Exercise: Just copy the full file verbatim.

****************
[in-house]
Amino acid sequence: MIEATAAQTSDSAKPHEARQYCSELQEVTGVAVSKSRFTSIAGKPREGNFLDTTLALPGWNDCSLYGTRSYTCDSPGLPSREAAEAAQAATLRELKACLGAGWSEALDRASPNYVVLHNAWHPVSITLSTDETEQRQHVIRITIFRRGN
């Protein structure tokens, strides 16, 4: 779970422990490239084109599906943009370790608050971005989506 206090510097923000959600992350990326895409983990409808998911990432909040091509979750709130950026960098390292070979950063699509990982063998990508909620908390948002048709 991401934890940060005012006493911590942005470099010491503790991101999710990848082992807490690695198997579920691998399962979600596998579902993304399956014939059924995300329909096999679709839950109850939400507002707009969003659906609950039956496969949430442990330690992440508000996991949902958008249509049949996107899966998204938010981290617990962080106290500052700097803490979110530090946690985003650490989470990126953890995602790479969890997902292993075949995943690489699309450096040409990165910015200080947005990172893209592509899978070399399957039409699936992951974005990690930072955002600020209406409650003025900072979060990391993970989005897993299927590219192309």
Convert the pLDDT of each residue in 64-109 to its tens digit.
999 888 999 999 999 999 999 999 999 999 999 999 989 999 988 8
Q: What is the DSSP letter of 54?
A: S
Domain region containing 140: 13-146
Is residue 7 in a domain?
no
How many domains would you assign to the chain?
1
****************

[in-house]
Amino acid sequence: MIEATAAQTSDSAKPHEARQYCSELQEVTGVAVSKSRFTSIAGKPREGNFLDTTLALPGWNDCSLYGTRSYTCDSPGLPSREAAEAAQAATLRELKACLGAGWSEALDRASPNYVVLHNAWHPVSITLSTDETEQRQHVIRITIFRRGN
């Protein structure tokens, strides 16, 4: 779970422990490239084109599906943009370790608050971005989506 206090510097923000959600992350990326895409983990409808998911990432909040091509979750709130950026960098390292070979950063699509990982063998990508909620908390948002048709 991401934890940060005012006493911590942005470099010491503790991101999710990848082992807490690695198997579920691998399962979600596998579902993304399956014939059924995300329909096999679709839950109850939400507002707009969003659906609950039956496969949430442990330690992440508000996991949902958008249509049949996107899966998204938010981290617990962080106290500052700097803490979110530090946690985003650490989470990126953890995602790479969890997902292993075949995943690489699309450096040409990165910015200080947005990172893209592509899978070399399957039409699936992951974005990690930072955002600020209406409650003025900072979060990391993970989005897993299927590219192309």
Convert the pLDDT of each residue in 64-109 to its tens digit.
999 888 999 999 999 999 999 999 999 999 999 999 989 999 988 8
Q: What is the DSSP letter of 54?
A: S
Domain region containing 140: 13-146
Is residue 7 in a domain?
no
How many domains would you assign to the chain?
1